Which Old Testament?

On the central importance of the Septuagint

Timothy’s scriptures

from a child thou hast known the holy scriptures, which are able to make thee wise unto salvation through faith which is in Christ Jesus. All scripture is given by inspiration of God 2 Timothy 3:15-16 KJV

Paul commends the spiritual heritage of Timothy, noting his childhood education provided him a solid grounding in Scripture. Occasionally we might be prompted to ask – what Scripture? It is self-evidence to most Protestants today that Paul is referring to the Hebrew bible, or Old Testament (OT) reflected in the Protestant canon. However, this is making assumptions, quite a few assumptions but we will explore only one – which text was scripture? Continue reading “Which Old Testament?”

Prophet Model: the divine perspective

Challenging and questioning the dominant culture from the divine perspective

It is unsurprising to find that the poetic form and language of prophecy speaks to individual Christians in different ways. Writ large in metaphor and hyperbole, the motifs of judgement and salvation present an enduring message of hope that has universal reach. But indiscriminate application of these words to contemporary events imposes modern concerns on text intended to convey something entirely different: the divine perspective. Continue reading “Prophet Model: the divine perspective”

Help my unbelief

Christ is the bridge between our needs and our capacity

In Mark 9 we read about the healing of the epileptic boy (there are parallel accounts in Matt 17 and Luke 9). This record powerfully demonstrates not only the importance of faith for a disciple but more – the willingness of the Lord to bridge the gap when our own resources are inadequate. Continue reading “Help my unbelief”

The Didache

A 1st century manual on Christian morals and Church practice

The Didache (Greek, ‘The Teaching’) is an ancient Christian writing generally dated towards the end of the 1st Century AD.1 For centuries its existence was only known through sporadic references in the works of the early church fathers, and scholars believed it was lost forever. Continue reading “The Didache”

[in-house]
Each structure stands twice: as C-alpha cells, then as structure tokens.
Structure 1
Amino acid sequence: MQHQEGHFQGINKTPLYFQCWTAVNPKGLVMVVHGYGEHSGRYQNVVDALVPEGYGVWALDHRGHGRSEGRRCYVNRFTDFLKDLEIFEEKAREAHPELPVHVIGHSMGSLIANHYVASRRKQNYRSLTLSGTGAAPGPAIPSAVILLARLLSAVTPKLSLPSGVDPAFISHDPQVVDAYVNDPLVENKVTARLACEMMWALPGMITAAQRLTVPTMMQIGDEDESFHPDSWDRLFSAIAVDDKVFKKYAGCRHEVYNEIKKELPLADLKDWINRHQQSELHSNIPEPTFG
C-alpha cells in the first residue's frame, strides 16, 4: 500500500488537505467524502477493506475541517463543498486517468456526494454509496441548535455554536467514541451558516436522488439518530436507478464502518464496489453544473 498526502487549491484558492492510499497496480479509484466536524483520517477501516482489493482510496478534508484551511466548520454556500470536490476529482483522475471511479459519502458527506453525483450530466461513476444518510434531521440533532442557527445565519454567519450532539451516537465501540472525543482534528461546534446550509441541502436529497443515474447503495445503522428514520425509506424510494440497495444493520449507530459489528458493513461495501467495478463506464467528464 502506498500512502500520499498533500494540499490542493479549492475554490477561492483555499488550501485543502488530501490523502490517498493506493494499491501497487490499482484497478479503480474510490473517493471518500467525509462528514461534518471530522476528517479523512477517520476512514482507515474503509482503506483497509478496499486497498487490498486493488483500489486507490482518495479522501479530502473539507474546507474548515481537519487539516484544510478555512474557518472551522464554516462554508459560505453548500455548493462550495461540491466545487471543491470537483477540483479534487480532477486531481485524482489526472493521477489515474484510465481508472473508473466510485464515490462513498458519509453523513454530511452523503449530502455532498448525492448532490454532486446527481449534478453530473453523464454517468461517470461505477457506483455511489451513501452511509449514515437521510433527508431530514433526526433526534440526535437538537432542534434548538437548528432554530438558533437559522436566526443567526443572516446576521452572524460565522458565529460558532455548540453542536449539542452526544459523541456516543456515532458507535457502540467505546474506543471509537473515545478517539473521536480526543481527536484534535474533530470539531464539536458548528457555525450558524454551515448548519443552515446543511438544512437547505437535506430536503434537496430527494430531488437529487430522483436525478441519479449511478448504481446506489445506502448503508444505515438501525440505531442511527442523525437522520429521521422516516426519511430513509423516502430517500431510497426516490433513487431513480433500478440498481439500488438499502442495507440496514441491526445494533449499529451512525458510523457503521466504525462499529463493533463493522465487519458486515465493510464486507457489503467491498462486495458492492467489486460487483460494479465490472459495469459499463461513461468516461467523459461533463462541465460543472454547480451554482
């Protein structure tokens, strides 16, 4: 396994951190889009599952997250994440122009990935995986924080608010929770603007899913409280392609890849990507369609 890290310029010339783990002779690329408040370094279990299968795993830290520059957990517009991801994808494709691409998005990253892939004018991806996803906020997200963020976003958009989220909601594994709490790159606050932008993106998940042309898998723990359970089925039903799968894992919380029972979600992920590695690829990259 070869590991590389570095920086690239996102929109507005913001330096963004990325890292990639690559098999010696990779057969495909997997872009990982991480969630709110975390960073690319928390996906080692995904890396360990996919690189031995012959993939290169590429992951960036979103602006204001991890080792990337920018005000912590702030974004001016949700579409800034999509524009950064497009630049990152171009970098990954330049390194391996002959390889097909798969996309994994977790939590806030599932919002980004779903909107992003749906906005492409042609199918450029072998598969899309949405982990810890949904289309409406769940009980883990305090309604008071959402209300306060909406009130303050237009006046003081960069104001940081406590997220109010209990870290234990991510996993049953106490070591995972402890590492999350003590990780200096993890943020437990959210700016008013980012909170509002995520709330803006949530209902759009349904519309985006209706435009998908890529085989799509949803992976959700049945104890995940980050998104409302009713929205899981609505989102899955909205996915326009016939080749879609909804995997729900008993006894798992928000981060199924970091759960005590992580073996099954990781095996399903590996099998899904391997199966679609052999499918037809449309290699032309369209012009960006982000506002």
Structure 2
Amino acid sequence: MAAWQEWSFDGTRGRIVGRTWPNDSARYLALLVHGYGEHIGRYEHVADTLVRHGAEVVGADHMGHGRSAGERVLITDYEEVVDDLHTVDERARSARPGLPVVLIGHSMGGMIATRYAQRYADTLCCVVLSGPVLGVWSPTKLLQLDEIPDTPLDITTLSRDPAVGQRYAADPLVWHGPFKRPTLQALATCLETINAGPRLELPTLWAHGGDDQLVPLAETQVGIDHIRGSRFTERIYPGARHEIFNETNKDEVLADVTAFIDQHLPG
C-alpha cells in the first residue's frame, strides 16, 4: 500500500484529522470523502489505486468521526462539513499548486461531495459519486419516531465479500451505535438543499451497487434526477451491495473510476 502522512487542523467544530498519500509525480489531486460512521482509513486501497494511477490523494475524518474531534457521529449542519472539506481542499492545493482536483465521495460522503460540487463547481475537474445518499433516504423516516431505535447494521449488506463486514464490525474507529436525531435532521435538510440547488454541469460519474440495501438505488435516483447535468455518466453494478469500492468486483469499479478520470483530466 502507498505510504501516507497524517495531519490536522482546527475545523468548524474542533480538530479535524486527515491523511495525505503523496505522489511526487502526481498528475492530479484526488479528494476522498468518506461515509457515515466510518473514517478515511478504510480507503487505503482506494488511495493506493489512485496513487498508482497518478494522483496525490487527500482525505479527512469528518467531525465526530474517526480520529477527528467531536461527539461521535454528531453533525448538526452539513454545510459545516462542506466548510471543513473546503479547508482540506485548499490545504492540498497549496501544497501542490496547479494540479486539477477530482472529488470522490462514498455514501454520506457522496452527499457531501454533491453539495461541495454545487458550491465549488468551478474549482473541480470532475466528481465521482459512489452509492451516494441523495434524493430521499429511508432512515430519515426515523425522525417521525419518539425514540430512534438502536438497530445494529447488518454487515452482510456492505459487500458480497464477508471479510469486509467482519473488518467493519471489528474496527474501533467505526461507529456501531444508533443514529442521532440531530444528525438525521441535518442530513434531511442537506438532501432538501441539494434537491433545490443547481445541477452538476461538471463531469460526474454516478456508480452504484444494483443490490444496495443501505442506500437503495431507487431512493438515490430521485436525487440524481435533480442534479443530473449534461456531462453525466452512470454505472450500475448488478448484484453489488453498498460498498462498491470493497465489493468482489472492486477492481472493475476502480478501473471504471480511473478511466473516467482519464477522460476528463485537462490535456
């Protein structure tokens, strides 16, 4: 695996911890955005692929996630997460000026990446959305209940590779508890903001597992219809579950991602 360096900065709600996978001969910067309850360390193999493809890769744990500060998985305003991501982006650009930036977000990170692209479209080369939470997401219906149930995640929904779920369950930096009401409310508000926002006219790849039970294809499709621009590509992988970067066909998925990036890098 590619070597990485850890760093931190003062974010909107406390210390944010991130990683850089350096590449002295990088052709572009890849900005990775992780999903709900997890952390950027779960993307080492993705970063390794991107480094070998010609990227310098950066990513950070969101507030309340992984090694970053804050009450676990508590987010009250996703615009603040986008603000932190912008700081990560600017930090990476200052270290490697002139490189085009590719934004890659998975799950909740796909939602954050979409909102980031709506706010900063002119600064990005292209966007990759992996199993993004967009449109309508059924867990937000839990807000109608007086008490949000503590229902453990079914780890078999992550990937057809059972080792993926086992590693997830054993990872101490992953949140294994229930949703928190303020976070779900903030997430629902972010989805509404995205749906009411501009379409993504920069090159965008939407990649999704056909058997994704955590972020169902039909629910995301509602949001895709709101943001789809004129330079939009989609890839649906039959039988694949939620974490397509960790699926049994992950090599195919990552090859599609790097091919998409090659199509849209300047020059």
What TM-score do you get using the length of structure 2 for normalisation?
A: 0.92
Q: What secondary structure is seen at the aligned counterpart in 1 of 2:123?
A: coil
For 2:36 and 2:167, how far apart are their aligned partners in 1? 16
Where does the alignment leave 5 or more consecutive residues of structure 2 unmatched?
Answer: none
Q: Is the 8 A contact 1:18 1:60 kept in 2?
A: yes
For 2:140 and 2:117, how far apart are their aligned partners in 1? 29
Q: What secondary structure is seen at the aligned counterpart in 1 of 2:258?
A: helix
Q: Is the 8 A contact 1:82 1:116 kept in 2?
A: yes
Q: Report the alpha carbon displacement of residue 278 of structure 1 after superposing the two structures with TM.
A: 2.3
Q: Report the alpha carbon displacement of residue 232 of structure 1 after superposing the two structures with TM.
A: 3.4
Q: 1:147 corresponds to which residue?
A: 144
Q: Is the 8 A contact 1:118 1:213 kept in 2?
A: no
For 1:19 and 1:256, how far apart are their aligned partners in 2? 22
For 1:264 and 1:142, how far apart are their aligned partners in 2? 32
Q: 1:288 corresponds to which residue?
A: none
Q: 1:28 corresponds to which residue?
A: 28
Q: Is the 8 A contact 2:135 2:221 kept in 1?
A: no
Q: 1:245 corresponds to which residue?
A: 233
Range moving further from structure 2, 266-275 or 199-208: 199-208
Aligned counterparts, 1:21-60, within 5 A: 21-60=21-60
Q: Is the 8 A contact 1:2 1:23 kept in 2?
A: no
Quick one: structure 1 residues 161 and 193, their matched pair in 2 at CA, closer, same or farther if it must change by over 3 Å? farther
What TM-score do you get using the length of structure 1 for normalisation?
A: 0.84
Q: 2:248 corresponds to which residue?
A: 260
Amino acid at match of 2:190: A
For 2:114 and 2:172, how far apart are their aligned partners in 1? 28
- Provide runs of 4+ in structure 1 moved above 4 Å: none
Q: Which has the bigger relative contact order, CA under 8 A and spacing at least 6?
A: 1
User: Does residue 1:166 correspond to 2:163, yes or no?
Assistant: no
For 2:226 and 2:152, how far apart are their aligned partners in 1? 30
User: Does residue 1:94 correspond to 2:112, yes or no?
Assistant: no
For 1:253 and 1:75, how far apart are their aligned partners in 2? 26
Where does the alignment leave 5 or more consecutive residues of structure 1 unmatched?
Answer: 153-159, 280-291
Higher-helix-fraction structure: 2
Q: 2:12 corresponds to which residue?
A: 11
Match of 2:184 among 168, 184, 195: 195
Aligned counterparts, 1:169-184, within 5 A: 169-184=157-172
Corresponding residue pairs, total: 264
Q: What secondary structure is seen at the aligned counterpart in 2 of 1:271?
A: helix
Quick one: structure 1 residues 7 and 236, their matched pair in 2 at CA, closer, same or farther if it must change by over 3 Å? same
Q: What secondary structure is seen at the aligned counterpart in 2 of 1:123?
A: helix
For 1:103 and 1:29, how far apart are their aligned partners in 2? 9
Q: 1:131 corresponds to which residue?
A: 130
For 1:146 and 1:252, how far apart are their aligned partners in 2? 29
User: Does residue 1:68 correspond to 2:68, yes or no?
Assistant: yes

Murder, Anger, and Reconciliation

To insult someone is to insult the God who created them

The section of the Sermon on the Mount subtitled “Anger” (ESV), “Concerning Anger” (NRSV), or “Murder” (NIV) in Matthew 5:21-27 is both familiar and strange. We understand what it means to insult someone and to be angry with someone, but we may not be sure what “raca” means, nor possibly would we understand why the punishment for doing so is to be “in danger of hell fire”. What is the difference between the “judgement” and the “council”? How does one pay a debt to the last penny when one is stuck in a debtors’ prison? Like much in the Sermon on the Mount, there’s some digging to do before the passage is as clear to us as it would have been to the Galilean fishermen who first hear it. Continue reading “Murder, Anger, and Reconciliation”

The Exodus – a cross-disciplinary perspective

Egyptologist James Hoffmeier remarked that in response to the question “do you think the early Israelites lived in Egypt and that there was some sort of exodus?” posed in a survey sent to a group of randomly selected Egyptologists, of twenty-five, nineteen answered ‘yes.’1

Hoffmeier’s anecdote appears in the the proceedings in the 2013 conference “Exodus: Out of Egypt – Transdisciplinary Perspectives on Archaeology, Text, and Memory” held at the University of California San Diego. Featuring leading experts in Egyptology, archaeology, Biblical Studies, and other related disciplines, the conference provided a cutting-edge look at the evidence for a historical basis to the Exodus tradition in the Bible.

As well as the book, the videos2 and the conference website are available for those who want to take a serious look at the seminal event in the history of Israel.

Prophet Model: A War of Words

Building a foundation for understanding the message of the prophets

Modern prophetic interpretation is surprisingly diverse, often presenting a bewildering array of national, personal, and cosmic predictions. Opaque scriptural symbols appear to have insufficient predictive potential, making even fulfilled prophecy frustrating to understand. As blood moons pass, “significant” dates come and go, and Planet X stubbornly refuses to destroy the earth, we are forced to reflect on our approach to prophecy. Are we doing it wrong? Continue reading “Prophet Model: A War of Words”

Ten lepers and one man saved

Just shuffle. Ideally together.

As believers, we have received the miracle of life, healing from death. How will we respond? Will we show gratitude? Will we turn to learn more from the master and make him our teacher? Will we demonstrate he is our Lord and superior? Or will we not think, not let him affect our lives and maintain an external unthinking compliance which minimizes the power of the gospel? Continue reading “Ten lepers and one man saved”

Ethics in the Law of Moses: Animal welfare & animal sacrifice

How is animal sacrifice compatible with animal welfare?

A reader of the previous article in this series raised the issue of animal sacrifice, which was commanded by the Law of Moses and carried out on a large scale by Israel. How is animal sacrifice compatible with animal welfare? Continue reading “Ethics in the Law of Moses: Animal welfare & animal sacrifice”